Weidenmann’s plan of 1861 had a distinctive natural style, which featured smoothly sculpted contours and graceful paths leading to focal points like the meandering Park River. The plan included informal clusters of evergreen and deciduous trees, which screened the sites and sounds of the city, a departure from the formal New England square or central green.
As part of the plan, Weidenmann selected 157 varieties of Trees and shrubs from North America, Europe and eastern Asia to grace the park. A total of 1,100 individual specimens were planted, creating a canopy of green covering the Park. Over the years, many important architectural features, such as the Soldiers & Sailors Memorial Arch (1886), the Capitol (1876), Corning Fountain (1899), the Carousel (1974) and the Performance Pavilion (1995) were added, while other scenic elements, such as the Park River and its several graceful bridges, were demolished in the 1940s. A major transformation in the park occurred at this time when the firm of Olmsted and Olmsted of Brookline, Mass., (Frederick Law Olmsted’s son’s firm), was retained to assist the city in redesigning the Park after the burial of the Park River was completed. Although changed, Bushnell Park today remains an oasis in the heart of the city where people from all walks of life come to renew their spirit and energy.
Some notes and links –
One of CTMQ’s goals is to canoe the buried Park River mentioned just above. Though officially illegal (for now), it would be a coup-de-grace for me. Great article about it here.
Jacob Weidenmann also designed the beautiful Cedar Hill Cemetery. CTMQ Visited, of course. George Keller designed the entrance arch to that same cemetery as well as the huge Memorial Arch in the park. And check this out:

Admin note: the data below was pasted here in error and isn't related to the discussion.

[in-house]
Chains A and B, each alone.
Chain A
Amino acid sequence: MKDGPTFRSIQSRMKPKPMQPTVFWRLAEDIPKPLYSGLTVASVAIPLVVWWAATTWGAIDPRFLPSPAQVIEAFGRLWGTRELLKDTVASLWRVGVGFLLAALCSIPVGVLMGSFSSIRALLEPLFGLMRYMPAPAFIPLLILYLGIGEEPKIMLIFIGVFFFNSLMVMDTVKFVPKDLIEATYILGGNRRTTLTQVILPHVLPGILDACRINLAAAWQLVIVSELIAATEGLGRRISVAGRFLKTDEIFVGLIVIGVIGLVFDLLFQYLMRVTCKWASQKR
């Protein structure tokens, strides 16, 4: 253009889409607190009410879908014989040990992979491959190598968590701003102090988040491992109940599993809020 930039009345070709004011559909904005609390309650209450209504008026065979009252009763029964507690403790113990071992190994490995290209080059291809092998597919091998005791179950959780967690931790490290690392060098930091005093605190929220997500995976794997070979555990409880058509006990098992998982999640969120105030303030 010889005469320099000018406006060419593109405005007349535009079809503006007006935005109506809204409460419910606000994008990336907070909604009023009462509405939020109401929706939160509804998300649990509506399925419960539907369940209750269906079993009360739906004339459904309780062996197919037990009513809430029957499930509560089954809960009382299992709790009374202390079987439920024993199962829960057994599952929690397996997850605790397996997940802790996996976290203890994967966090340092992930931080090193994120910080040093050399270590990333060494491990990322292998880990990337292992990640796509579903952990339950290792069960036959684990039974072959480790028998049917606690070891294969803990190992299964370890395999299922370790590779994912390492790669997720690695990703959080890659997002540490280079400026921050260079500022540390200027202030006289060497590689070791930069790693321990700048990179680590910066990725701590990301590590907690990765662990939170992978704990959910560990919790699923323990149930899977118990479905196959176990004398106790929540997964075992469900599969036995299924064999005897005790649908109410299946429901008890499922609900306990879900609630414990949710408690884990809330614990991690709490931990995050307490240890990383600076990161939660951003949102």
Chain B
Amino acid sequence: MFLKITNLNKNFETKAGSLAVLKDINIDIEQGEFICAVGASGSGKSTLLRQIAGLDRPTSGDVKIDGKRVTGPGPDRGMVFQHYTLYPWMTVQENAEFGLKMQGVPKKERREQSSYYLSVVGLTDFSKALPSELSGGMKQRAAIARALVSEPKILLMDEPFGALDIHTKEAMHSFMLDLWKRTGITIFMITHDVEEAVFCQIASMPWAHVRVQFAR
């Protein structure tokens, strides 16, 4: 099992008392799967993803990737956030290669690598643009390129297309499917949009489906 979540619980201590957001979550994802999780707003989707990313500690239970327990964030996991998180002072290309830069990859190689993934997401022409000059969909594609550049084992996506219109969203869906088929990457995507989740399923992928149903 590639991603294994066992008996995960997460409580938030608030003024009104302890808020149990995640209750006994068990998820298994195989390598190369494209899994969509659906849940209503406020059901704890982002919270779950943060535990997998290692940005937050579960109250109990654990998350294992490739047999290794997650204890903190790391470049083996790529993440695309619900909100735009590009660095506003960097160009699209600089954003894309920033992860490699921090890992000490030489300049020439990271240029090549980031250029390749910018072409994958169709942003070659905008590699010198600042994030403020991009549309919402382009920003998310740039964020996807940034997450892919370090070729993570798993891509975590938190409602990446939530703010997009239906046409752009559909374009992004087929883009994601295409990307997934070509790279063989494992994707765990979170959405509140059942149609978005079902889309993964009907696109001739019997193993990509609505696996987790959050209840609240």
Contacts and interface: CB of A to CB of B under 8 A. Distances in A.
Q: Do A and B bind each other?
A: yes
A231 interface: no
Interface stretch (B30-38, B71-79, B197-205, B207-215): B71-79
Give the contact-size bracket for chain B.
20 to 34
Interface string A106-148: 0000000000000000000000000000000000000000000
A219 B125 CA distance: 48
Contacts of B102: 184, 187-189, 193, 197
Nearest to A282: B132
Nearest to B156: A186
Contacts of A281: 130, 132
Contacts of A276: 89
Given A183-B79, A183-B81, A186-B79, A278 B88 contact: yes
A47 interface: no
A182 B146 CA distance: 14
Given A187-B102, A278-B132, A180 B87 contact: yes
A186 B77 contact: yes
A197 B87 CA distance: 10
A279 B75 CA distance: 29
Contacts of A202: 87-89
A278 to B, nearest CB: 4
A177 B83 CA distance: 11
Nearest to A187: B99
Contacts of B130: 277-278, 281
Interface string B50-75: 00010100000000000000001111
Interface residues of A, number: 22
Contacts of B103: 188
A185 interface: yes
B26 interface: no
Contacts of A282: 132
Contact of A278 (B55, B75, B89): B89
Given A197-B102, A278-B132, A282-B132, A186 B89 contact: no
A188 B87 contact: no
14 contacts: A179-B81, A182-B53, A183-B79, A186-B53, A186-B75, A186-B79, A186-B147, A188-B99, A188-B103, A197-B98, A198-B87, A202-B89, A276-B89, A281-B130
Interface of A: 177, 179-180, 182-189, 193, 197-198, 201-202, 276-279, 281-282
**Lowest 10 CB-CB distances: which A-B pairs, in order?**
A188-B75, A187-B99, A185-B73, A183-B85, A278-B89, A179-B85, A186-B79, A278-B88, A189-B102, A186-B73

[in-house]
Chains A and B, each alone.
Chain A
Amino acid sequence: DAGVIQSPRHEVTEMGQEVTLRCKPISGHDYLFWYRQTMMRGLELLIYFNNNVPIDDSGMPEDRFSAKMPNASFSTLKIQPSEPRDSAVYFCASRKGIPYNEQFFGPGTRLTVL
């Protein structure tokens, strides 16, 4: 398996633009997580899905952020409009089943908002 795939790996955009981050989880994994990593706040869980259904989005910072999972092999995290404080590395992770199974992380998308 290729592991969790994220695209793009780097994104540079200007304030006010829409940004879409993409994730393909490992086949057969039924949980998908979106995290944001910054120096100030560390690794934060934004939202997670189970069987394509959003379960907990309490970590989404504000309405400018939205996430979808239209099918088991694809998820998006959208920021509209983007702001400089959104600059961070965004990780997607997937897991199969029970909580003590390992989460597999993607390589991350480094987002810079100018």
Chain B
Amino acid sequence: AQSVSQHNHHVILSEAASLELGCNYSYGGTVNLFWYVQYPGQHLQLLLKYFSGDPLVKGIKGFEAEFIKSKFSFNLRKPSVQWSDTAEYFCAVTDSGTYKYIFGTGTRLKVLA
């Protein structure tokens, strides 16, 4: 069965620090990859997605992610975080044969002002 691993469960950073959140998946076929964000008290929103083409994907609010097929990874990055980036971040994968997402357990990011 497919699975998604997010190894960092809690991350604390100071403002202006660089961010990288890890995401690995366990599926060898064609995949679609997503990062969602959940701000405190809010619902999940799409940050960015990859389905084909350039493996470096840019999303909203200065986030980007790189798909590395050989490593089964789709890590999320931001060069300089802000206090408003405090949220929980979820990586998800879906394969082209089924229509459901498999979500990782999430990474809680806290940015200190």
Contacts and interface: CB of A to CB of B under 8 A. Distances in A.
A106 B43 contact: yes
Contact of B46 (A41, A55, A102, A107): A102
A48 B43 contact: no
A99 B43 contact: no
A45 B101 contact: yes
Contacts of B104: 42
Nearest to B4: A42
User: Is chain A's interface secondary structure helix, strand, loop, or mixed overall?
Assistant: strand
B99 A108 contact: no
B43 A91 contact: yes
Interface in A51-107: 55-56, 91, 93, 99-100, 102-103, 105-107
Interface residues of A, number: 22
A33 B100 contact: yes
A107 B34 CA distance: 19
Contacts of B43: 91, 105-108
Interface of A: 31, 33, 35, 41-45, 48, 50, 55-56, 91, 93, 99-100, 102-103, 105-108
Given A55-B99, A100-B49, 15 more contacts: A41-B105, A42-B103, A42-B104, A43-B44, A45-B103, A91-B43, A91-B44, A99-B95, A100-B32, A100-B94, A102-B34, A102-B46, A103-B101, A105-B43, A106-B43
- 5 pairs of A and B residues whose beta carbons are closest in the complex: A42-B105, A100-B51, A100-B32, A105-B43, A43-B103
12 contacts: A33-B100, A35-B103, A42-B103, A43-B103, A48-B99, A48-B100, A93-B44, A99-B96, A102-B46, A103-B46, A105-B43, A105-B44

“[Keller] was a very proud man, who, despite spending his early career working in cemeteries, and designing elaborate grave markers, “had a horror of cemeteries,” as one of his children wrote. As a result, he asked to be buried in one of his favorite monuments, the Soldiers and Sailors Memorial Arch. So, when he died at age 93, he was cremated and his ashes were placed behind a plaque in interior wall of the east tower. Mary, apparently thought this was such a good idea that she decided to follow his example. So, when she died in 1946, her ashes were placed beside those of her husband in the Arch.” – More here on Keller and the Arch
And I heard there was a statue of Horace Wells there? Who was he? A-ha! CTMQ learned all about him at the Menczer Museum of Medicine and Dentistry and I highly recommend checking out his rather unique grave at Cedar Hill.
Like I said, I never took specific Bushnell Park pictures. But I like this shot of me there, something you’ll hear me say once every 10 years.
There’s a statue of Israel Putnam there too, which has so many hooks into future CTMQ reports, my head spins. Get a jump on that by reading this now.
I could do this all night long – and this really was sort of my “vision” for this blog a couple years ago; that is, finding connections all around our state like this. That… and annoying the heck out of friends and coworkers. Especially with facts like, “Hey guys, did you know there are four State Champion (ie, largest/best) trees in Bushnell Park? Including a rare Chinese Toon tree?!?” It’s true – and really cool, actually. You can pick up a Tree Walk guide in various places around the Park and take the “tour.”
I can’t believe I just wrote all that on a subject I didn’t think I’d be including on my site. And I didn’t even touch on the State Capitol building or several of the other statues around the park.